Stadium construction on track for World Cup

JOHANNESBURG - All 10 stadiums for next year's World Cup are on track to be ready months ahead of the June 11 kick-off, South African officials said on Wednesday.

"A vast majority of the stadiums are either complete or nearly complete," Derek Blanckensee, a senior official of the local organising committee, told a news conference at the showpiece Soccer City stadium in the sprawling Soweto township.

"Everything is on track. There are one or two minor problems, but there were no alarm bells or anything major to worry about," he added after leading an inspection tour of five newly built stadiums and the upgraded Soccer City.

Organisers say up to 450,000 foreign visitors are expected for the World Cup, being held for the first time in Africa.

South Africa has entered recession for the first time since 1992 and a series of construction strikes earlier this year raised concerns that the stadiums would not be ready in time.

But local organising committee boss Danny Jordaan said all venues would be ready by the final tournament draw in December.

"We go there with full confidence, that everything will be ready for a wonderful world cup," Jordaan said.

FIFA expressed concern in July about other logistical problems, headed by transport and accommodation, with a reported shortfall of 15,000 rooms for the competition.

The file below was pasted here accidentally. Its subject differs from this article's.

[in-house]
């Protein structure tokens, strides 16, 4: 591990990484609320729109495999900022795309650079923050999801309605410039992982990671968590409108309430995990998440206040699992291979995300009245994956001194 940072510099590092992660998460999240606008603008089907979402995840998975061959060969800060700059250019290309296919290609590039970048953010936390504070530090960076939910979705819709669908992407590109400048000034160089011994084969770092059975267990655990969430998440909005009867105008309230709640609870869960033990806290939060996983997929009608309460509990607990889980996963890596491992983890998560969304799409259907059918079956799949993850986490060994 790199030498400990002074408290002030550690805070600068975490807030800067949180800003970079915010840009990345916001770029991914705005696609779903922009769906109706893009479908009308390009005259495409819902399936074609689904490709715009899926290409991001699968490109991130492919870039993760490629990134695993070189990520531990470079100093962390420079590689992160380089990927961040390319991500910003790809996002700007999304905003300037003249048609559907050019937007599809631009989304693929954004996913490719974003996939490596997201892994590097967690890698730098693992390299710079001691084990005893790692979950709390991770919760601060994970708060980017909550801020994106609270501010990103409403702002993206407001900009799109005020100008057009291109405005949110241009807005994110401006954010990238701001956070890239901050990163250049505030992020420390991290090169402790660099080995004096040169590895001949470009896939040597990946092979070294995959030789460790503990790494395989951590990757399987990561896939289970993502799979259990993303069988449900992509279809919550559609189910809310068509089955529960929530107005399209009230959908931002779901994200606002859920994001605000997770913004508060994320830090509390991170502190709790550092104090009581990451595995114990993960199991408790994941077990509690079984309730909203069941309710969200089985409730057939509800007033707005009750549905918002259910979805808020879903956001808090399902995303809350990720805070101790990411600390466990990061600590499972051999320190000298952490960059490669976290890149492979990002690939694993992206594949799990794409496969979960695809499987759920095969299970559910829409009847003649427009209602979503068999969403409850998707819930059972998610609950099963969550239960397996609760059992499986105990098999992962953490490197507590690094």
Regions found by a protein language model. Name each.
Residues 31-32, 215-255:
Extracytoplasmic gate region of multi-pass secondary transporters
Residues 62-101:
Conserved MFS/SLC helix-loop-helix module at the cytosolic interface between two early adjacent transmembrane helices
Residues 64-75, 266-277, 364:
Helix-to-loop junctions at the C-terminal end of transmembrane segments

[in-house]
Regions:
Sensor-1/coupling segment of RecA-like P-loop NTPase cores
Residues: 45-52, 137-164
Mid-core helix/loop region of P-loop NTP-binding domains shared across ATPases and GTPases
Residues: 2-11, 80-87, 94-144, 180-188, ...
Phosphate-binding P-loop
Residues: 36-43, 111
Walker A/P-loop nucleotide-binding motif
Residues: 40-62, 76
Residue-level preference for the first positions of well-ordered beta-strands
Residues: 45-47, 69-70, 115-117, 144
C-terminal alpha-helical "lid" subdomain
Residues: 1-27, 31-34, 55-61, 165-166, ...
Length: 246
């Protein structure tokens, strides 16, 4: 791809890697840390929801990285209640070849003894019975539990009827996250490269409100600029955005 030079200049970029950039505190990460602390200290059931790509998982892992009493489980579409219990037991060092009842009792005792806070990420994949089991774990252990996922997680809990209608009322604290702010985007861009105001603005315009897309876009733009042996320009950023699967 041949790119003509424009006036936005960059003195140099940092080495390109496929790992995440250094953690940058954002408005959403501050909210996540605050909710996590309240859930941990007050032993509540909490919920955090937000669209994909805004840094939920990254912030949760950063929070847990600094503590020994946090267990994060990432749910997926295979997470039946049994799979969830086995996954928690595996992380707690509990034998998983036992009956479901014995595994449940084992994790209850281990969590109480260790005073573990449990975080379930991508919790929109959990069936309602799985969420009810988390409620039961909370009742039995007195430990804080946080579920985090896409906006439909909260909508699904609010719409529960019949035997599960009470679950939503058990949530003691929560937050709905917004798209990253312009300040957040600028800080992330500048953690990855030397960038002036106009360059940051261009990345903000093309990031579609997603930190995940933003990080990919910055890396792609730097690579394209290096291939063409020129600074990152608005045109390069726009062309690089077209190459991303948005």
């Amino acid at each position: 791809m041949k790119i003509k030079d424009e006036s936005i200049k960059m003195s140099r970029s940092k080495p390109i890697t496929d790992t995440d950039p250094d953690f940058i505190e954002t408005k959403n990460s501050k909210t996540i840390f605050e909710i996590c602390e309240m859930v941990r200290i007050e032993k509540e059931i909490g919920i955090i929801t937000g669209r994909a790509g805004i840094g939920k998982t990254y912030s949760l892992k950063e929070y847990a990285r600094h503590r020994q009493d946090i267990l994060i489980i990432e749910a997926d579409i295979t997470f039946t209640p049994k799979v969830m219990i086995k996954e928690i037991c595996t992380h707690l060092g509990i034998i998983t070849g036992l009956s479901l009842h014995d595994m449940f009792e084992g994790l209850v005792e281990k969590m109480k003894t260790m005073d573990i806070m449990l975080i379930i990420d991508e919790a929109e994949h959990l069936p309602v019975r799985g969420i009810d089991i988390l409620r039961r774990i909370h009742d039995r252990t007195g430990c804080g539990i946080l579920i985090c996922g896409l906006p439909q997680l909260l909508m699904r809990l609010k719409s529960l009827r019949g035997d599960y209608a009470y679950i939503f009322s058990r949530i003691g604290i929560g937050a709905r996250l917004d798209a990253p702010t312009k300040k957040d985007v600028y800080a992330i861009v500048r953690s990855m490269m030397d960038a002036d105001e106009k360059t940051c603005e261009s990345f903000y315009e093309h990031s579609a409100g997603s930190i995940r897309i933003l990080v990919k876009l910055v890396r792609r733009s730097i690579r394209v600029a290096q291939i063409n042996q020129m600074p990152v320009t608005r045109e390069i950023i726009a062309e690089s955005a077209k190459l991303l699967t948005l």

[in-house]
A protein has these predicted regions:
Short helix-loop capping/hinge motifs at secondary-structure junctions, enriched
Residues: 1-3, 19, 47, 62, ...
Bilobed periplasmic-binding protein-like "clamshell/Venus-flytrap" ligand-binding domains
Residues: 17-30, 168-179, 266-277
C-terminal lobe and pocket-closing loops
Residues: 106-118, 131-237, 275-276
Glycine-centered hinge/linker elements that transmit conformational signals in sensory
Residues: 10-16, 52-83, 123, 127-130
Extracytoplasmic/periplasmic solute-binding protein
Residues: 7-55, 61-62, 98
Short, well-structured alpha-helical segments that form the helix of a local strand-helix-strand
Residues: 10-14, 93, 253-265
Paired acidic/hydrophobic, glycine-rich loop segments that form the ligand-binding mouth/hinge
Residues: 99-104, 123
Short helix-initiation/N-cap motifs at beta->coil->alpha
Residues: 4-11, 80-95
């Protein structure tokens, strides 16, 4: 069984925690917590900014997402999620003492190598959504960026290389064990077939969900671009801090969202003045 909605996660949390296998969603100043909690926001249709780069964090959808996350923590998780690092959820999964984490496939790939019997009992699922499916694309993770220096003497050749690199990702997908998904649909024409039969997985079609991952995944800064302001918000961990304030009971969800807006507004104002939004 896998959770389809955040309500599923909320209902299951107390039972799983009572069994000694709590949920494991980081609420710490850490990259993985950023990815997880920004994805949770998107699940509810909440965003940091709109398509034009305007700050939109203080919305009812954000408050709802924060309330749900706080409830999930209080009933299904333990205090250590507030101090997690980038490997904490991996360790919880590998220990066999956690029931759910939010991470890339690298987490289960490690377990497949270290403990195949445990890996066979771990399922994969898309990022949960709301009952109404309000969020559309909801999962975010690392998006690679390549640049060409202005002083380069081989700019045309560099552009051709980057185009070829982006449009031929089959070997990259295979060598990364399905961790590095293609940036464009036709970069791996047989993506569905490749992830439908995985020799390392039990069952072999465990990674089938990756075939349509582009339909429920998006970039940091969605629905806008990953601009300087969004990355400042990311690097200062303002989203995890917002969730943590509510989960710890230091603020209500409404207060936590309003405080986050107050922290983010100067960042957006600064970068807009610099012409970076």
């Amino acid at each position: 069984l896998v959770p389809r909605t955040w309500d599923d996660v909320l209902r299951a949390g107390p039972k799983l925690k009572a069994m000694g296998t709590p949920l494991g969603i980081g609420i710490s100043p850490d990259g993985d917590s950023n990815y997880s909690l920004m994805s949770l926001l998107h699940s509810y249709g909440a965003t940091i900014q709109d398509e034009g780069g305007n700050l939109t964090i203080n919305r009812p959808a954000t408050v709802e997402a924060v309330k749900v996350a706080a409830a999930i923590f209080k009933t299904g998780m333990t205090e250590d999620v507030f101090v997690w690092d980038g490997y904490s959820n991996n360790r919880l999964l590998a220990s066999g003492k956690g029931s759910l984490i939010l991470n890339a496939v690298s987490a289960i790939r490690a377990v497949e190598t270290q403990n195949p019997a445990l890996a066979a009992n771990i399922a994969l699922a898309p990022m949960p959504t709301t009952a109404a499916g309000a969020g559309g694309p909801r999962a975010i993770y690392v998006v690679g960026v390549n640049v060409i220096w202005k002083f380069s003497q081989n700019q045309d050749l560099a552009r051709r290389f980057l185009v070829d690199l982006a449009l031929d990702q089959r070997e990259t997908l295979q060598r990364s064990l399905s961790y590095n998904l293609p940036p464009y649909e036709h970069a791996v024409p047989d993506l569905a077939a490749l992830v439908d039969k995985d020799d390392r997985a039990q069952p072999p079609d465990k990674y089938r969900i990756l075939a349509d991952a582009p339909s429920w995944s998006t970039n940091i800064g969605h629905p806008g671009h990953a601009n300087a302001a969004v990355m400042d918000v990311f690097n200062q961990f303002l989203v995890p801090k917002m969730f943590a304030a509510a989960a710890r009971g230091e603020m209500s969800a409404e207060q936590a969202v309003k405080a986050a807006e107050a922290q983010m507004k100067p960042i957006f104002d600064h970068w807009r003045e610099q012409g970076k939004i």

But Ron DelMont, head of FIFA's South Africa office, told the news conference: "We also looked at specific venues, team hotels and FIFA accredited accommodation. We are happy to report that we are comfortable with what we saw."

Organisers said 575 buses to provide transport during the competition have been delivered as part of a new mass transit system.

South African Finance Minister Pravin Gordhan earlier this month said there was a funding shortfall of 2.3 billion rand ($315 million) for construction of new stadiums and this would have to be met by the host cities.

The biggest challenge facing organisers and the South African government is expected to be crime, with recent statistics showing little progress in cutting violent offences.

South Africa has one of the world's highest rates of murder and rape outside a conflict zone.

President Jacob Zuma has expressed support for plans by South Africa's new police chief to widen the powers of his officers to shoot to kill in a draconian attempt to cut murders, robberies and carjackings.